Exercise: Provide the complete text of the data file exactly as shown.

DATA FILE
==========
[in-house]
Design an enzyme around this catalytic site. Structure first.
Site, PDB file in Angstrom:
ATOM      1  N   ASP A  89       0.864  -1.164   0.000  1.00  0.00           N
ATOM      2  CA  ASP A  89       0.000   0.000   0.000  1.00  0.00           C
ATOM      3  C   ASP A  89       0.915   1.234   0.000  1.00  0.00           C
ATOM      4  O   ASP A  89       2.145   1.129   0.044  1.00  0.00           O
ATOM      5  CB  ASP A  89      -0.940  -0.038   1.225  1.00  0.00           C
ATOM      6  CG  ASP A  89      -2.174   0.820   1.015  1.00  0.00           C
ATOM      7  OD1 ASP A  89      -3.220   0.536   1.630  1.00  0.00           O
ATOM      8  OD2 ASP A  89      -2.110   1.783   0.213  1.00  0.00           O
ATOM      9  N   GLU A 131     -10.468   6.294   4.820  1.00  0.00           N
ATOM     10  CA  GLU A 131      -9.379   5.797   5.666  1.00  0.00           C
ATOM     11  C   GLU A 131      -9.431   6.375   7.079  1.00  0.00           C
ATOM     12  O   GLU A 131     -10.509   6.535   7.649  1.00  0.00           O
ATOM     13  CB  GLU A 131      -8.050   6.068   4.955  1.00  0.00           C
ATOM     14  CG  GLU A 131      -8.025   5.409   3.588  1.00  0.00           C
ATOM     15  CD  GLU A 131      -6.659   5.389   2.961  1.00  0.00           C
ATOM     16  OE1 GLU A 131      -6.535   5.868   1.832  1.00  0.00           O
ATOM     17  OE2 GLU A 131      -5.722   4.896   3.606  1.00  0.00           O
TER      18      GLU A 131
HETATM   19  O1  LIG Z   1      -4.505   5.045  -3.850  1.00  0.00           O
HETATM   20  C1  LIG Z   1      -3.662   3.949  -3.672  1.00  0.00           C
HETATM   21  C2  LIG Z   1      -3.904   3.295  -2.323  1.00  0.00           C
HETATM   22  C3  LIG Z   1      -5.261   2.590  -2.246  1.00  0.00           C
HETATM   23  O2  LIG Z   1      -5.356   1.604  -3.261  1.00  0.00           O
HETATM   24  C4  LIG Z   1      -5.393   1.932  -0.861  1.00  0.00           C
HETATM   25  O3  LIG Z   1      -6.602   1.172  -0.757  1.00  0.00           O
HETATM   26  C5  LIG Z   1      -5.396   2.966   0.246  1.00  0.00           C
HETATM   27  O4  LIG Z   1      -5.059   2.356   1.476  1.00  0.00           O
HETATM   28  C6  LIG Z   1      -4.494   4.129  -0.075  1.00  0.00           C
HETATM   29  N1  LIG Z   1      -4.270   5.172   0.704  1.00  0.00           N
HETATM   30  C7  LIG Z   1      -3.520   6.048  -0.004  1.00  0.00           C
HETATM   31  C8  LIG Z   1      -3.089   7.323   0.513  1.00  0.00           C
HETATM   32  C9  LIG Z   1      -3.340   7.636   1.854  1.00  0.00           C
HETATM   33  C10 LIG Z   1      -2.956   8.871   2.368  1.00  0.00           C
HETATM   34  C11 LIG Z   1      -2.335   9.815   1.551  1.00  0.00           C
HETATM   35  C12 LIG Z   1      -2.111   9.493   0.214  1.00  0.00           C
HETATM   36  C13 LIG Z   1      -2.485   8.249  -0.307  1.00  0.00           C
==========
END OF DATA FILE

[in-house]
Design an enzyme around this catalytic site. Structure first.
Site, PDB file in Angstrom:
ATOM      1  N   ASP A  89       0.864  -1.164   0.000  1.00  0.00           N
ATOM      2  CA  ASP A  89       0.000   0.000   0.000  1.00  0.00           C
ATOM      3  C   ASP A  89       0.915   1.234   0.000  1.00  0.00           C
ATOM      4  O   ASP A  89       2.145   1.129   0.044  1.00  0.00           O
ATOM      5  CB  ASP A  89      -0.940  -0.038   1.225  1.00  0.00           C
ATOM      6  CG  ASP A  89      -2.174   0.820   1.015  1.00  0.00           C
ATOM      7  OD1 ASP A  89      -3.220   0.536   1.630  1.00  0.00           O
ATOM      8  OD2 ASP A  89      -2.110   1.783   0.213  1.00  0.00           O
ATOM      9  N   GLU A 131     -10.468   6.294   4.820  1.00  0.00           N
ATOM     10  CA  GLU A 131      -9.379   5.797   5.666  1.00  0.00           C
ATOM     11  C   GLU A 131      -9.431   6.375   7.079  1.00  0.00           C
ATOM     12  O   GLU A 131     -10.509   6.535   7.649  1.00  0.00           O
ATOM     13  CB  GLU A 131      -8.050   6.068   4.955  1.00  0.00           C
ATOM     14  CG  GLU A 131      -8.025   5.409   3.588  1.00  0.00           C
ATOM     15  CD  GLU A 131      -6.659   5.389   2.961  1.00  0.00           C
ATOM     16  OE1 GLU A 131      -6.535   5.868   1.832  1.00  0.00           O
ATOM     17  OE2 GLU A 131      -5.722   4.896   3.606  1.00  0.00           O
TER      18      GLU A 131
HETATM   19  O1  LIG Z   1      -4.505   5.045  -3.850  1.00  0.00           O
HETATM   20  C1  LIG Z   1      -3.662   3.949  -3.672  1.00  0.00           C
HETATM   21  C2  LIG Z   1      -3.904   3.295  -2.323  1.00  0.00           C
HETATM   22  C3  LIG Z   1      -5.261   2.590  -2.246  1.00  0.00           C
HETATM   23  O2  LIG Z   1      -5.356   1.604  -3.261  1.00  0.00           O
HETATM   24  C4  LIG Z   1      -5.393   1.932  -0.861  1.00  0.00           C
HETATM   25  O3  LIG Z   1      -6.602   1.172  -0.757  1.00  0.00           O
HETATM   26  C5  LIG Z   1      -5.396   2.966   0.246  1.00  0.00           C
HETATM   27  O4  LIG Z   1      -5.059   2.356   1.476  1.00  0.00           O
HETATM   28  C6  LIG Z   1      -4.494   4.129  -0.075  1.00  0.00           C
HETATM   29  N1  LIG Z   1      -4.270   5.172   0.704  1.00  0.00           N
HETATM   30  C7  LIG Z   1      -3.520   6.048  -0.004  1.00  0.00           C
HETATM   31  C8  LIG Z   1      -3.089   7.323   0.513  1.00  0.00           C
HETATM   32  C9  LIG Z   1      -3.340   7.636   1.854  1.00  0.00           C
HETATM   33  C10 LIG Z   1      -2.956   8.871   2.368  1.00  0.00           C
HETATM   34  C11 LIG Z   1      -2.335   9.815   1.551  1.00  0.00           C
HETATM   35  C12 LIG Z   1      -2.111   9.493   0.214  1.00  0.00           C
HETATM   36  C13 LIG Z   1      -2.485   8.249  -0.307  1.00  0.00           C